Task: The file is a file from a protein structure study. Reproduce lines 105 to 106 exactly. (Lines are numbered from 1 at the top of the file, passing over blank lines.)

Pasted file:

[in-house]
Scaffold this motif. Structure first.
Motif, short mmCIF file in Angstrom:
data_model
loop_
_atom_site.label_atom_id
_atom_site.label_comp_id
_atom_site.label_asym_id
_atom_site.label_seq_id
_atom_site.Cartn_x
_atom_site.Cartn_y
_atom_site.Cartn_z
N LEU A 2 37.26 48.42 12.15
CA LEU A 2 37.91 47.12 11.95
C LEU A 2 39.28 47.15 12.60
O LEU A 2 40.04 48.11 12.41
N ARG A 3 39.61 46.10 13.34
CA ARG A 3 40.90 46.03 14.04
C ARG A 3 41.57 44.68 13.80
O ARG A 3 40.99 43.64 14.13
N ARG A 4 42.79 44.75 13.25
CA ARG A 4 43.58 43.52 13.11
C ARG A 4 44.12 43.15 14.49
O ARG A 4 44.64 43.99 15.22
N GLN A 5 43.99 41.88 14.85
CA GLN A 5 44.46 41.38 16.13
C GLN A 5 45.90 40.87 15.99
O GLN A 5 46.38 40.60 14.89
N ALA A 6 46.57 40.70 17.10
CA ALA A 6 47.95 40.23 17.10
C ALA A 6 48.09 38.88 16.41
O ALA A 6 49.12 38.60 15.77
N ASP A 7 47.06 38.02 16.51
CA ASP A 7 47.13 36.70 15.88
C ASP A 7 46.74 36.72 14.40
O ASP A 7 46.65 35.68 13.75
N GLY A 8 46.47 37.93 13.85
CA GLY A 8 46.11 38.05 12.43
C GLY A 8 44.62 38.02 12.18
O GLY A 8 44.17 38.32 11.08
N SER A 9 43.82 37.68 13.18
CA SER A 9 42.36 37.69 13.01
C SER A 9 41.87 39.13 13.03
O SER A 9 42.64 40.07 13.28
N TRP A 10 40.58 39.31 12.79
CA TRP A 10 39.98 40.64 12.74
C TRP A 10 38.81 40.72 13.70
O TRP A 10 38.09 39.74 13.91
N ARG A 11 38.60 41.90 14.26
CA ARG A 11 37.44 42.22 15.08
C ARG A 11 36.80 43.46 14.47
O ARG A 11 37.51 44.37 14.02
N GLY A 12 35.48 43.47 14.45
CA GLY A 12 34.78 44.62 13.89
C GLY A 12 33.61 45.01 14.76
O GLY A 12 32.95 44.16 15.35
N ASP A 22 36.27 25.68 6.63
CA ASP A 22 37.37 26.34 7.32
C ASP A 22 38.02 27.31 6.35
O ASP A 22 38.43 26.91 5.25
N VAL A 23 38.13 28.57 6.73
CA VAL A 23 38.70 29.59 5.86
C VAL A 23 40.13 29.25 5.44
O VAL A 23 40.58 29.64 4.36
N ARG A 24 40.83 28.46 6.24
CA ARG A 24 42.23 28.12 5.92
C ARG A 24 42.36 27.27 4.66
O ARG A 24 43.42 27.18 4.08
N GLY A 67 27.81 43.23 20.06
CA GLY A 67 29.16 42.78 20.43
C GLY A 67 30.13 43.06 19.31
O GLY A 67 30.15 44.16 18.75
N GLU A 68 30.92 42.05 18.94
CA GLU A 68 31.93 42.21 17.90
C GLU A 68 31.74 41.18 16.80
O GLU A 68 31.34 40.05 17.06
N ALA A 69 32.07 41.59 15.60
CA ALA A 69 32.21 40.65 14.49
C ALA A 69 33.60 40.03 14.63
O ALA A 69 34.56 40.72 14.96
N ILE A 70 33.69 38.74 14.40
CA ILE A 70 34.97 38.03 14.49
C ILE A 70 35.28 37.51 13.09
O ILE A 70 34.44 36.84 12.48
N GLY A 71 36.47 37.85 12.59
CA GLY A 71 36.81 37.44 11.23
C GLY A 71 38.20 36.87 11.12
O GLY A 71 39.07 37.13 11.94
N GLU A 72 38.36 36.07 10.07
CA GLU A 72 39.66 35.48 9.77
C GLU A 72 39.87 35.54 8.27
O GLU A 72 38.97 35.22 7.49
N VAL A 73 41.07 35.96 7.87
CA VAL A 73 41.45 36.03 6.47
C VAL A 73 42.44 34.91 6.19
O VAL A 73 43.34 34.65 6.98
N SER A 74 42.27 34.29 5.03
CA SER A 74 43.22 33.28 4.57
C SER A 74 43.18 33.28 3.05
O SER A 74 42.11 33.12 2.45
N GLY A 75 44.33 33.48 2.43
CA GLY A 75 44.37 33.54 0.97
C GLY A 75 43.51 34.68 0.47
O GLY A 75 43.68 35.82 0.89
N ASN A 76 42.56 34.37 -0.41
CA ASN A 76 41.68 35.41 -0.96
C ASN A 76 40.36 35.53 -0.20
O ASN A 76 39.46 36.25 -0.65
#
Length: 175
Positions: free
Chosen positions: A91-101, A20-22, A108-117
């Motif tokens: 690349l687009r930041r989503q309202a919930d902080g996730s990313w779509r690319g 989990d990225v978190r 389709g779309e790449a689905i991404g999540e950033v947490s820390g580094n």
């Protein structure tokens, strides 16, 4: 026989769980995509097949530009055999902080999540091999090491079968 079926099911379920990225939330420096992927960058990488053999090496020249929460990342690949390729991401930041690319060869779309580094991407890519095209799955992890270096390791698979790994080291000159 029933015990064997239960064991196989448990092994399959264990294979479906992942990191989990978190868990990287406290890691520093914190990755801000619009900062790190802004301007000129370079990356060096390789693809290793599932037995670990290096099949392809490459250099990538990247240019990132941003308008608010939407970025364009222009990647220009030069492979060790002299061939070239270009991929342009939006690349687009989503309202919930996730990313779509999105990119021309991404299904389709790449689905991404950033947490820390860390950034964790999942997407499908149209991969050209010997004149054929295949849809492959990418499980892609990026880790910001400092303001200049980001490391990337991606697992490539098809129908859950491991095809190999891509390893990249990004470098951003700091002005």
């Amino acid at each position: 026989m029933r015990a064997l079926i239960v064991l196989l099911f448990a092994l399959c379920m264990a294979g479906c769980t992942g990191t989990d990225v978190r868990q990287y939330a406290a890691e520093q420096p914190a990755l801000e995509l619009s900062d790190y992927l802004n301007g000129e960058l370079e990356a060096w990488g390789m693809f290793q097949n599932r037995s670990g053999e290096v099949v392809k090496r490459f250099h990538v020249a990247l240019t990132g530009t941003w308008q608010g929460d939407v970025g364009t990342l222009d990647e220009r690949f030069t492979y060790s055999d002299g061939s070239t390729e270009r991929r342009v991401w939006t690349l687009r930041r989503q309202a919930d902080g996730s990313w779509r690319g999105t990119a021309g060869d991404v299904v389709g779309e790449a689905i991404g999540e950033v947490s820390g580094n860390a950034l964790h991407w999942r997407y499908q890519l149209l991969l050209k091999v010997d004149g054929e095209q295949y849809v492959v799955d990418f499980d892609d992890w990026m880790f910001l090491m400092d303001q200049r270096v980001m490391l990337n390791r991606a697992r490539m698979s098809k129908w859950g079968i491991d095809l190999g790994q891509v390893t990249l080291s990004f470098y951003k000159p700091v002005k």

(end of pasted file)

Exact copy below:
N ASN A 76 42.56 34.37 -0.41
CA ASN A 76 41.68 35.41 -0.96